Now, I can power up most of the hills I ride in the middle ring, and have a bail out option if needed.
I can't tell if you know this- but the two relatively close big rings and the bail out gearing is referred to as "half-step and a granny."

It was originally conceived for a 5 gear rear end, so that the difference between a shift in the big and middle ring was effectively a step between each gear in the back. I vaguely understand the concept- but for the most part I just rode in whatever ring I was in, and if it was a touch too hard or too easy, I could back off or move up a half step.

But, like you, I prefer to use the middle ring as a much more usable gearing solution throughout a much fuller range.
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Old 10-03-23, 03:40 PM
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Originally Posted by hopperja
I'm really enjoying the gearing changes I made... IRD 7 speed freewheel 13-32, 26 t small ring, and 36t middle ring. With the stock gearing, I felt like I didn't have a low enough first gear for some of the hills (yes, I could ride them, but wished for an easier gear). I also felt like the jump from the middle to large ring was so small that it was more like shifting a gear or two in the back than a front ring change.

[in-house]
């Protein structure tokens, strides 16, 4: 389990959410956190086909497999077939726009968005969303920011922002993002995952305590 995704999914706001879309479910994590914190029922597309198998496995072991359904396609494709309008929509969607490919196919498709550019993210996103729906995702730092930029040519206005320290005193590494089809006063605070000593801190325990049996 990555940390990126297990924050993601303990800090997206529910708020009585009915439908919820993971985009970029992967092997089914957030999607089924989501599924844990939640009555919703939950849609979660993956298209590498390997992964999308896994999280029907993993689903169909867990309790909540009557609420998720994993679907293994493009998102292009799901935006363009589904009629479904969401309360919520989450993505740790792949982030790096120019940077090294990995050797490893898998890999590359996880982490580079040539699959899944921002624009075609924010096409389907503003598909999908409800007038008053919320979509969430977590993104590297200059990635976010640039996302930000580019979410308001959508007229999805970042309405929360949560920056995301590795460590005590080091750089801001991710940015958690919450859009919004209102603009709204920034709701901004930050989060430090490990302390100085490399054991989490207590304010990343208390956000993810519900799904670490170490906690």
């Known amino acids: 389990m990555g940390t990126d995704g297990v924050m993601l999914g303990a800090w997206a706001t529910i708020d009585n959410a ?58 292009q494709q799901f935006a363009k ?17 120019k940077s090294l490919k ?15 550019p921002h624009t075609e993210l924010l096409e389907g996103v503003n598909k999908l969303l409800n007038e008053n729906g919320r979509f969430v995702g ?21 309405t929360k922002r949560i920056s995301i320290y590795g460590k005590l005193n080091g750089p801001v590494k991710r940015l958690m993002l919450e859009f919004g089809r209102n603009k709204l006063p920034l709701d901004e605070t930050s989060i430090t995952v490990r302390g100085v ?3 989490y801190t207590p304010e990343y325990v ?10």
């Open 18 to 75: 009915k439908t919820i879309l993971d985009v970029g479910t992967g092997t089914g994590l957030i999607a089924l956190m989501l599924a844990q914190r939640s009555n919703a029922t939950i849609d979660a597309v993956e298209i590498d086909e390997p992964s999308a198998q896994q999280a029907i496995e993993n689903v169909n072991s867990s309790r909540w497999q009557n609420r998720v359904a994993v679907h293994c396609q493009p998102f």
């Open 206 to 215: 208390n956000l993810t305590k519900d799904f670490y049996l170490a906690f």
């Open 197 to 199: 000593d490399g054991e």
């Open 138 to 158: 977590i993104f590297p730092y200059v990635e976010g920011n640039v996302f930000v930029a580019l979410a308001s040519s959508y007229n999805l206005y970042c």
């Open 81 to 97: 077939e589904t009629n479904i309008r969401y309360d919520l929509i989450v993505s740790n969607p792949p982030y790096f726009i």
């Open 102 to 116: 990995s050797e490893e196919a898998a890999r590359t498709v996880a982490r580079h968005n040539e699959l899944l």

Now, I can power up most of the hills I ride in the middle ring, and have a bail out option if needed.
^^^^^^
And it should make for interesting conversation if anybody notices whats going on here.

This setup gets me up most hills but I am finding I could use more help more and more.

The barcons did help as I seem to be able to shift into the gear that actually helps better.
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Old 10-03-23, 06:05 PM
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Congratulations hooperja on the Expedition.

They are terrific bikes and capable tourers.

I speak from experience as I also had a 1983 model in the 60cm size.

I changed up every part and had a few extra braze ons added in preparation for a couple of bike tours.

I used a XT triple crank and 34 big cog cassette to get me up the mountain passes.
The 22T granny on that crank was the only way I made up up some of the steep climbs in the Rockies and Sierras .

700 some odd miles each time on two different tours in 2008 and 2009 proved it's capability to me.

I was loaded heavy with about 65 pounds of too much gear but the Expedition did not miss a beat.

I wish I could get that bike back.

I hope yours brings you much riding joy and many great memories.

I know mine did.

I could probably dig out a pic if I searched but mine did not have decals as I had the thing nickel plated and never got around to decals.

Last edited by cooperryder; 10-23-23 at 03:42 PM.